JARREN PURIFY, MICHIGAN, INFIELD — All one needs to know about how dominant Purify can be is that Indiana intentionally walked him three times in four innings at the Great Lakes Regional championship, including with one out and nobody on base in the first inning. One can hardly blame Indiana either. Purify was retired just one time in four regional games, putting together a fantastic display. The 5-foot-7 slugger reached base in each of his final 11 regional at-bats, hitting .900 and blasting two home runs. Purify saw one strike against Indiana and tattooed it over the left-field fence for a 2-run home run. He finished with eight RBIs, nine runs and hit safely in all four games. Purify delivered three multi-hit games, stole a base and the slick infielder also made just one error. Over the last three games, Purify has reached base in every at-bat.

CHRIS REYNOLDS, IDAHO, PITCHER/SHORT STOP/OUTFIELD — There is little this dynamic athlete cannot do. Reynolds was a force at the Northwest Regional and is an excellent pitcher, center fielder and shortstop who also provides big offensive pop. Reynolds has been described as one of the best center fielders Idaho coaches have seen and played error-less defense at three positions. He was virtually untouchable on the mound, going 2-0, not allowing a run and holding Wyoming and Montana to three hits in 11 2/3 innings. Reynolds threw a 1-hit complete-game against Wyoming and stymied Montana in the final, throwing five innings of two-hit baseball with 10 strikeouts. The hard-throwing right-hander finished the tournament with a regional-best 21 strikeouts. Reynolds was just as potent with the bat, hitting .500 with four RBIs and five runs. Reynolds hit safely in all five games, delivered two multi-hit performances and helped Idaho reach the Series for the first time since 1999.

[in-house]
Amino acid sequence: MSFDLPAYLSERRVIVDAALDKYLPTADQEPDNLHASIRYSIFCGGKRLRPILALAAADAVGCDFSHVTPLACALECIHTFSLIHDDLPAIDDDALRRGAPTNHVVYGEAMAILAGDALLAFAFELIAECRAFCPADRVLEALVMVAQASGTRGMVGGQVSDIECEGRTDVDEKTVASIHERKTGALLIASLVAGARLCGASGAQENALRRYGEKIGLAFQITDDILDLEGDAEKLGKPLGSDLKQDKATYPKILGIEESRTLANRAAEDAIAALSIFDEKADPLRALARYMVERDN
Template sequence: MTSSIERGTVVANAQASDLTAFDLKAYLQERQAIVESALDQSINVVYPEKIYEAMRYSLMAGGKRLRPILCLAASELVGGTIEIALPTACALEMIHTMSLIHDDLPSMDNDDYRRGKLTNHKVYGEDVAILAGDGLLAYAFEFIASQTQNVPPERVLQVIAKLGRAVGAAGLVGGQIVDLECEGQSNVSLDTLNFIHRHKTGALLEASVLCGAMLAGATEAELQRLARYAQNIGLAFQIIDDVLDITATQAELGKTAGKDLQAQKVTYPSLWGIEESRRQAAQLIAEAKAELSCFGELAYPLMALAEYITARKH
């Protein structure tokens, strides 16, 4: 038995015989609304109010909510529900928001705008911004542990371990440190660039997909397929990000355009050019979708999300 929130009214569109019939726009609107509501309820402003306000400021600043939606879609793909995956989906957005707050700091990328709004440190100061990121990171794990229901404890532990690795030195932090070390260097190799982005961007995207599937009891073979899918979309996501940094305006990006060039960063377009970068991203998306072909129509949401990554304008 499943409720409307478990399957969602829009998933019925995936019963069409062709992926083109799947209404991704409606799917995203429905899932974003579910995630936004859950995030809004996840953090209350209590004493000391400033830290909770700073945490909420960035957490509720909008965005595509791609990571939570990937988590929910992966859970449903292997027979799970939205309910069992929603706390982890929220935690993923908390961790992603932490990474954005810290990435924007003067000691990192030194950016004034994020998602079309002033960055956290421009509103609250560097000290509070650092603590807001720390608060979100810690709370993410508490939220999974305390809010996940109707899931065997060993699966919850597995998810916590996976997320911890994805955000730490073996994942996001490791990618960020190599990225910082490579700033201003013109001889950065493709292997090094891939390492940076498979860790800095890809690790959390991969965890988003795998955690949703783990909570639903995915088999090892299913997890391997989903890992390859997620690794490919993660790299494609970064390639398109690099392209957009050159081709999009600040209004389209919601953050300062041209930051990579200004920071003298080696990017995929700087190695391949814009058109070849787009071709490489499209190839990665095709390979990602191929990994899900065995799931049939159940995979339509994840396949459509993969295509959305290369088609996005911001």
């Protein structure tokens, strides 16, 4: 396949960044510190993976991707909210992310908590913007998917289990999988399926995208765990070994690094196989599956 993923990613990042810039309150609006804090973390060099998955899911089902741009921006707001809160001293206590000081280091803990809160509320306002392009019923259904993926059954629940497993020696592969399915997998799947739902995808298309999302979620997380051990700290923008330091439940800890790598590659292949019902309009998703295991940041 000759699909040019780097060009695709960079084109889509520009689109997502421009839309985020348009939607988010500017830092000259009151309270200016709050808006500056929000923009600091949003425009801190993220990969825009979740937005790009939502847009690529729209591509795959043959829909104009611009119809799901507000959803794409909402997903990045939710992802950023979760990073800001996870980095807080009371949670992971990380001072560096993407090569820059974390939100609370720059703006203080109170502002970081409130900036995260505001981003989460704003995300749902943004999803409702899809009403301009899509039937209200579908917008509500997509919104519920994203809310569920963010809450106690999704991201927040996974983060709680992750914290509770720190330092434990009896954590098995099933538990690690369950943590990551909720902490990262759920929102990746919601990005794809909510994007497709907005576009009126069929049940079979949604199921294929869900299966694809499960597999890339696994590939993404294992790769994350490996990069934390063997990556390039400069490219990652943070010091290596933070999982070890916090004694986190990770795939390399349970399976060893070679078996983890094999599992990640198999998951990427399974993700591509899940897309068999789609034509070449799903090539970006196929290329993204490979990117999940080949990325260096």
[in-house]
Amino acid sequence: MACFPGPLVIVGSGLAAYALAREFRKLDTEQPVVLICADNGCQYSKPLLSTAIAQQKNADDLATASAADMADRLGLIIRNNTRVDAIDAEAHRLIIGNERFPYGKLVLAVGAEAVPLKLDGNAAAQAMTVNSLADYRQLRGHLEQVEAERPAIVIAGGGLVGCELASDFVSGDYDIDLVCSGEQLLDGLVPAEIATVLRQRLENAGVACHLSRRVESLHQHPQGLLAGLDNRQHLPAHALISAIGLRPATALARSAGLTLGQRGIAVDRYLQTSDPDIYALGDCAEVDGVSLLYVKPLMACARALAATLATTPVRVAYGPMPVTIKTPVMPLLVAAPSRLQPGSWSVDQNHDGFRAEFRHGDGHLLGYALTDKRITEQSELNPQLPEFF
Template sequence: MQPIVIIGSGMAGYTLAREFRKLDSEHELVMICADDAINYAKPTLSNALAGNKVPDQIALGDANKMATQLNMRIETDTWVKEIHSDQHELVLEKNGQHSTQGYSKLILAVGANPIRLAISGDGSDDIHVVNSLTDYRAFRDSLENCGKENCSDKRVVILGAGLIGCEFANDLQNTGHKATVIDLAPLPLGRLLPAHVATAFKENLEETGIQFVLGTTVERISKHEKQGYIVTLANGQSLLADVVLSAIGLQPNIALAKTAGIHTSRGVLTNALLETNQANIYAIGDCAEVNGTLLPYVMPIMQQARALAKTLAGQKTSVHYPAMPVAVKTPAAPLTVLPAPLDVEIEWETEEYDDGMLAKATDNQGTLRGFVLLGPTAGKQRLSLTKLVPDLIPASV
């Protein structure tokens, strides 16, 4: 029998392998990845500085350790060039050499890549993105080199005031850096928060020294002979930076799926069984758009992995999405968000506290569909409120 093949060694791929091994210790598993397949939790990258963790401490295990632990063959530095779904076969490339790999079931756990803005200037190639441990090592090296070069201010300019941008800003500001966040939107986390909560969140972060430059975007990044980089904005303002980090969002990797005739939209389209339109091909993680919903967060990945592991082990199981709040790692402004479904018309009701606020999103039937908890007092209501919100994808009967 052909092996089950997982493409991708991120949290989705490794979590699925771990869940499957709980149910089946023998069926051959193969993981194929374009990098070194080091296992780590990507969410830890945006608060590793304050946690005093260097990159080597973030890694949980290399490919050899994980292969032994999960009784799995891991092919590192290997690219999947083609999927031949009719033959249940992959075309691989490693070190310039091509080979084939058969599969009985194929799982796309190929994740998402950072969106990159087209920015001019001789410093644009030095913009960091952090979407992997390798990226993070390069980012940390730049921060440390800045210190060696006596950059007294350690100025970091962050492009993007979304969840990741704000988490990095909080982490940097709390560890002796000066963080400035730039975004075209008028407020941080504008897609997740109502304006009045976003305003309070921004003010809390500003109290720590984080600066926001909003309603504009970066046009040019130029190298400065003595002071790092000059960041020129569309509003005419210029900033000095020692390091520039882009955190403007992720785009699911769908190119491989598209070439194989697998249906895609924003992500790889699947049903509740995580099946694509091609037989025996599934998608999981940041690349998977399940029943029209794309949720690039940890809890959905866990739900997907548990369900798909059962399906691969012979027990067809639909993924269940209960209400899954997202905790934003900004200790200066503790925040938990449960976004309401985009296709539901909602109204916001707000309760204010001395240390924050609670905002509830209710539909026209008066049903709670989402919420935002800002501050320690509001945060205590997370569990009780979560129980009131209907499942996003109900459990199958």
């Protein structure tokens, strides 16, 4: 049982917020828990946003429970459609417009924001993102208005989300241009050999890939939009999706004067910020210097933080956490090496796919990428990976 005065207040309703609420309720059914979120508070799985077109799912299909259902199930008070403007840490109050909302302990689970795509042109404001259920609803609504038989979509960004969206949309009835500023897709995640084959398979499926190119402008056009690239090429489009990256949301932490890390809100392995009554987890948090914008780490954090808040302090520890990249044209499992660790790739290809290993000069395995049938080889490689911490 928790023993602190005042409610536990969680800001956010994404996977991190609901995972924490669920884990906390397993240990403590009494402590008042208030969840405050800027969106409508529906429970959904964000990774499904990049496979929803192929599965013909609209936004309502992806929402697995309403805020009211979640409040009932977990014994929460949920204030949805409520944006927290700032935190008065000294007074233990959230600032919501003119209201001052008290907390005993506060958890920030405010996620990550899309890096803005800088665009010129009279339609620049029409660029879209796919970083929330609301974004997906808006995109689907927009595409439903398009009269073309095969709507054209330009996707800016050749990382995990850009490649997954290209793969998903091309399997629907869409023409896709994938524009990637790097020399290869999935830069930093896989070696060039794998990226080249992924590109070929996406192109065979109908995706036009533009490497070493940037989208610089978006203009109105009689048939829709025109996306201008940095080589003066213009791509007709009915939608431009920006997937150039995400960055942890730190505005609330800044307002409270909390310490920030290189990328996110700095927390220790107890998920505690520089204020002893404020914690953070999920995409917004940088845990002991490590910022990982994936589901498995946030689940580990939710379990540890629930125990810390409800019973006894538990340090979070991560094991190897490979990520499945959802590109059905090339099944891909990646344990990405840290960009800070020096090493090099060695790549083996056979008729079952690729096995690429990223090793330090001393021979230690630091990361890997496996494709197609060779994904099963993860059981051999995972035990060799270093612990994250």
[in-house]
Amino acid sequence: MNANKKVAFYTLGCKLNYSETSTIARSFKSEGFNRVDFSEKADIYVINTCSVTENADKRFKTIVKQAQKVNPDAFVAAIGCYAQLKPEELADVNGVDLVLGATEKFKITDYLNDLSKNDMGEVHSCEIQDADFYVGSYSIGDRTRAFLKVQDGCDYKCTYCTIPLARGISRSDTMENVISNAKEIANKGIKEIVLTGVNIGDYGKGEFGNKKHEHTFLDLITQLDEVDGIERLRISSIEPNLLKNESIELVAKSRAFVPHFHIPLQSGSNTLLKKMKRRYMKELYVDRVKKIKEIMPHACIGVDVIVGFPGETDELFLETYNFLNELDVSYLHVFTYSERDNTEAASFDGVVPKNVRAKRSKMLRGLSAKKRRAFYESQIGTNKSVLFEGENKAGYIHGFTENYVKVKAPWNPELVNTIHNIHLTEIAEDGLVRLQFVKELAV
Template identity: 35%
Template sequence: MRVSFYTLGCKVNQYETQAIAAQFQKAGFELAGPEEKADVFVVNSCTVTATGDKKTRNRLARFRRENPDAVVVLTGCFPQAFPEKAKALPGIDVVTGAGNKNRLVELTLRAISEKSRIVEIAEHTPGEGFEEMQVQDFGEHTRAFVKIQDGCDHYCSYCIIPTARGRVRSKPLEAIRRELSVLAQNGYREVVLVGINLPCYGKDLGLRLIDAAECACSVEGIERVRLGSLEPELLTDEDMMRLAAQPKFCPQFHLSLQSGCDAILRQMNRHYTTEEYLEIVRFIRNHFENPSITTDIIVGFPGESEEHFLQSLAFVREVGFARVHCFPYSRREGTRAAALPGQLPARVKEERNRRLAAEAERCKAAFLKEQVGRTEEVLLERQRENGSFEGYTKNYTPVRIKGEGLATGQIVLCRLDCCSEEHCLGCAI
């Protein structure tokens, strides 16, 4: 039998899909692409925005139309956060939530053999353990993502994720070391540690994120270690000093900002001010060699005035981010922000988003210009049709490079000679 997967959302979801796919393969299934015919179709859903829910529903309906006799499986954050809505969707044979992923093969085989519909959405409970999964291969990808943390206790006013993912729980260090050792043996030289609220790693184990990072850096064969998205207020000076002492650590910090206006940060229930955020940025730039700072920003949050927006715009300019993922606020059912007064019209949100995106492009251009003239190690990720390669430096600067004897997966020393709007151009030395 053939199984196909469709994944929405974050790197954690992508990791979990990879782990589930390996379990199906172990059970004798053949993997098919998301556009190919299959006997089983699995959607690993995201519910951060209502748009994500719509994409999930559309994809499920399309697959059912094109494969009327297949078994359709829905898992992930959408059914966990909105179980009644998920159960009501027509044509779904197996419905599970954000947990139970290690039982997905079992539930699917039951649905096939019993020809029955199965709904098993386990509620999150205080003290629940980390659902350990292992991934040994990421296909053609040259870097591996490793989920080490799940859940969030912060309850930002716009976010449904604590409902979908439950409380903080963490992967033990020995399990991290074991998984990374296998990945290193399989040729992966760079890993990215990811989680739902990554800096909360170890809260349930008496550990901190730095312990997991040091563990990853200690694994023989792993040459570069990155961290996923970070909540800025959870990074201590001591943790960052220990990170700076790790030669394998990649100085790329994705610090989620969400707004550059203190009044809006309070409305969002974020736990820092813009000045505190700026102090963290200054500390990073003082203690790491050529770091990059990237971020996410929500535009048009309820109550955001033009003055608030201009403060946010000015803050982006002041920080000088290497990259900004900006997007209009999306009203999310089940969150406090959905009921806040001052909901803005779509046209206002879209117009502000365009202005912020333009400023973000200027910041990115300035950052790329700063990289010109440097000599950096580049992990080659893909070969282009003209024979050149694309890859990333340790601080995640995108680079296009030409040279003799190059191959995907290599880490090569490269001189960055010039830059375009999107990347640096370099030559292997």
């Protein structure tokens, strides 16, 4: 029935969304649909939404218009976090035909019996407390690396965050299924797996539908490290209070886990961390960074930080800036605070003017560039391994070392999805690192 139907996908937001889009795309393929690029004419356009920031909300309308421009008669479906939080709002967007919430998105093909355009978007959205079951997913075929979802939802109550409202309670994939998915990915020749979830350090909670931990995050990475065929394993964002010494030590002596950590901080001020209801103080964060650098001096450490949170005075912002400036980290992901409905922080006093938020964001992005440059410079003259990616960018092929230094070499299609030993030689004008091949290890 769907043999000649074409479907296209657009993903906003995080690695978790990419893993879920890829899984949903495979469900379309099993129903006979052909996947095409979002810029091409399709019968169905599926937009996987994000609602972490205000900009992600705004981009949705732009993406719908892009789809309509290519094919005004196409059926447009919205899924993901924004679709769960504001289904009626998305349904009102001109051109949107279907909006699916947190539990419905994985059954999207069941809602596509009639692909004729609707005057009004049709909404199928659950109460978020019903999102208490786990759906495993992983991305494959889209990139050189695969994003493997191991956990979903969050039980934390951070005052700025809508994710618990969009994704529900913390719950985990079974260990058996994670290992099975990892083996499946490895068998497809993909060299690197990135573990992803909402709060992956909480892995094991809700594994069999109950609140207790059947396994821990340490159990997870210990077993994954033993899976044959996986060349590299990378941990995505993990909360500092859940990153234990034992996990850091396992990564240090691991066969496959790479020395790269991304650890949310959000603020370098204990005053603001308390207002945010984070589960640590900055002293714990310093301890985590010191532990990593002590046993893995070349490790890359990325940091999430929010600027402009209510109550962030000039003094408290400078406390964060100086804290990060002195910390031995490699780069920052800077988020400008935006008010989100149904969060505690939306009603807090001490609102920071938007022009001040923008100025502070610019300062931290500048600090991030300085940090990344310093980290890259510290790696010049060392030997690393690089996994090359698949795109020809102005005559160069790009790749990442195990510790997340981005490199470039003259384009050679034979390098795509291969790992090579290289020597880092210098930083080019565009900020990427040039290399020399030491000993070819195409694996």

RYAN SELVAGGI, TEXAS, PITCHER/ CATCHER/THIRD BASE — Tall, explosive and versatile, Selvaggi displayed his entire arsenal at the Southwest Regional. The sweet-swinging 12-year-old hit .500 in four games, slamming two home runs, driving in four runs and scoring eight times. He also stole two bases and played flawless defense whether he was pitching, playing third base or roaming center field. As good as he is offensively, Selvaggi might be even better on the mound. The hard-throwing right-hander threw four no-hit innings in an 8-0 regional championship win and also threw a six-inning perfect game during districts. Selvaggi struck out nine in four innings against Oklahoma in the final and finished regionals 2-0 with a 0.00 ERA and 16 strikeouts in 9 1/3 innings. He also allowed just two hits.

SEAN YAMAGUCHI, HAWAII, PITCHER/SECOND BASE — A super player who ignites an explosive Hawaii offense, Yamaguchi overwhelmed West Regional opponents with his skills and power. The second baseman/pitcher made no errors and dominated offensively and on the mound. The team’s No. 3 hitter batted a team-best .615, going 8 for 13 with two home runs, a double, eight RBIs in four runs.